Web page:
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MAR
1
2 YEARS

Barry Diller-Backed TV Streaming Service Sued By Broadcasters

Fox is one of many broadcasters looking for a permanent injunction against the well-funded company Aereo, which it alleges is intent on stealing its transmissions for online broadcast.

Barry Diller
Jonathan Fickies/Bloomberg/Getty Images

Fox Television is going to war with Barry Diller, the man who helped found the network. On Thursday, Fox, ABC, CBS, NBC, and several other television broadcasters filed two major copyright infringement lawsuits against Aereo, a service that's planning to launch in the New York area on March 14th to allow consumers the ability to watch broadcast television online through digital streaming.

Aereo announced it had raised $20.5 million in venture funding at a news conference last month.

In making the announcement of the forthcoming launch, Diller, who joined Aereo's board after his company IAC/InterActiveCorp provided major financial backing, told reporters that Aereo "pries over-the-air broadcast television out of [a] closed system.”

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A number of those over-the-air broadcasters aren't taking kindly to such a development that could greatly speed up cord-cutting among its customers.

In one lawsuit filed in New York federal court today, the broadcasters say that the $12-a-month service will "provide unlimited streams of Plaintiffs' television broadcasts over the Internet in direct competition with Plaintiffs."

Aereo says it intends to only offer the service locally, first in New York, before expanding to other markets, one at a time. The company touts thousands of tiny antennae where each subscriber will be assigned one. The company had hoped this arrangement would pass legal muster.

The broadcasters wish to test that belief in court.

"Copyright law does not permit Aereo to appropriate to itself the value of Plaintiffs' television programming by retransmitting over the Internet without proper licenses," they say in the complaint.

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The broadcasters add that "no amount of technological gimmickry," such as sophisticated rabbit ears, "changes the fundamental principals of copyright law that those who wish to transmit Plaintiffs' broadcasts may do so only with Plaintiffs' authority. Simply put, Aereo is an unauthorized Internet delivery service that is receiving, converting and retransmitting broadcast signals to its subscribers for a fee."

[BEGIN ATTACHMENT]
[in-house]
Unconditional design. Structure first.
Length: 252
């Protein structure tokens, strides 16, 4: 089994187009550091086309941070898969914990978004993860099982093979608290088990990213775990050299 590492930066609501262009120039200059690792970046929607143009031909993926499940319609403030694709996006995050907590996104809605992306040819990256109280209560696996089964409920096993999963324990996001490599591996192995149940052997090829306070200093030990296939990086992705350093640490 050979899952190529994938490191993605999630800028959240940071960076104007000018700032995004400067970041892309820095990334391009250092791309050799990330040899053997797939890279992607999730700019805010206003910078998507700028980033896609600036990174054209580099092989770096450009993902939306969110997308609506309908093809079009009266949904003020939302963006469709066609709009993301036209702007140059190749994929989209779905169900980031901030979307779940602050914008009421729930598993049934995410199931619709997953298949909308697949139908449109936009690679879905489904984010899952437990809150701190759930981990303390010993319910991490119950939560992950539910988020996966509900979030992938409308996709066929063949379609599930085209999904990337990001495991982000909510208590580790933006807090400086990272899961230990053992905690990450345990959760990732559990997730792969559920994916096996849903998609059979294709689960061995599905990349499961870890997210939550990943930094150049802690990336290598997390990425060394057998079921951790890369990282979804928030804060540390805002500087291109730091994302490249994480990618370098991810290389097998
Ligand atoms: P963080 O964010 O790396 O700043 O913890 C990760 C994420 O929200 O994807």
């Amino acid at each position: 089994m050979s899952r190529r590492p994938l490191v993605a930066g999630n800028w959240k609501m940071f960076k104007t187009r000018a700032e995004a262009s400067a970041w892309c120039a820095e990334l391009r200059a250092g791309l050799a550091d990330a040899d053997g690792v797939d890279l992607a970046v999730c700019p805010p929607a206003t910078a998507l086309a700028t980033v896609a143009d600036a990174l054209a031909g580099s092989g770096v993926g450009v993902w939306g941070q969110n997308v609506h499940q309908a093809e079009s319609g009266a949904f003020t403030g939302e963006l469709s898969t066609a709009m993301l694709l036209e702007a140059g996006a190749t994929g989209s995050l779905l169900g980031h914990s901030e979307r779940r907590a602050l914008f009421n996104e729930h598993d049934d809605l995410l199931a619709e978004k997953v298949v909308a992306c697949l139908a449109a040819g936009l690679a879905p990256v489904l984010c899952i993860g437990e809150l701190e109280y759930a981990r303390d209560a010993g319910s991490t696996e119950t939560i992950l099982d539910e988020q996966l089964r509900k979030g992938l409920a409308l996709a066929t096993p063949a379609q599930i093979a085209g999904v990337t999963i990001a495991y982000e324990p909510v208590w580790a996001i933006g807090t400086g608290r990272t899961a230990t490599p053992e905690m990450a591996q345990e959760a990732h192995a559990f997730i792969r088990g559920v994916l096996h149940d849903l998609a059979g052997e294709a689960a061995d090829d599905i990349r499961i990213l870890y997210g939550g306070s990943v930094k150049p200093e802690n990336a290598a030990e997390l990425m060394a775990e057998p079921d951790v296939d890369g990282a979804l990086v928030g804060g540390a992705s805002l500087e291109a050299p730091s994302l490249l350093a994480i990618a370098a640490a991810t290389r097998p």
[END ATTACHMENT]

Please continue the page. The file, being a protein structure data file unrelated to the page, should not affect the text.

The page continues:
This isn't the first time that broadcasters have objected to upstart tech companies attempting to digitally stream broadcasts. In 2010, all the major broadcasters sued FilmOn and ivi, two services that both felt they were clear from copyright challenges before ending up on the wrong end of injunctions. A judge's order to shut down ivi, which attempted to argue that it only needed to pay a compulsory license fee, was appealed and will be the subject of a hearing at the 2nd Circuit later this month. The ruling might impact this new case against Aereo.

In the lawsuit, the broadcasters say that Aereo has not permitted them to see its systems in action. Nevertheless, they find fault in what the company says it's going to be doing, and point to statutory definitions and interpretations of a "public performance" in making the case that the company can't go forward.

One pair of broadcasters including Fox, Telemundo, and PBS, represented by Steven Fabrizio at Jenner & Block, are seeking a permanent injunction and statutory damages against Aereo. Another pair of broadcasters including CBS, NBC, and ABC, represented by Bruce Keller at Debevoise & Plimpton, are after pretty much the same thing. (The cases are likely to be consolidated.)

Aereo gave us a statement that was also posted on the company's blog. It reads:

"Today, two groups of broadcasters filed two separate federal lawsuits against Aereo in the Southern District of New York claiming that Aereo will infringe their copyrights by making available technology which enables consumers to access broadcast television via a remote antenna and DVR. Aereo does not believe that the broadcasters’ position has any merit and it very much looks forward to a full and fair airing of the issues.

Consumers are legally entitled to access broadcast television via an antenna and they are entitled to record television content for their personal use. Innovations in technology over time, from digital signals to Digital Video Recorders (“DVRs”), have made access to television easier and better for consumers. Aereo provides technology that enables consumers to use their cloud DVR and their remote antenna to record and watch the broadcast television signal to which they are entitled anywhere they are, whether on a phone, a tablet, a television or a laptop.

Aereo looks forward to its upcoming product launch as well as a prompt resolution of these cases."

E-mail: eriqgardner@yahoo.com

Twitter: @eriqgardner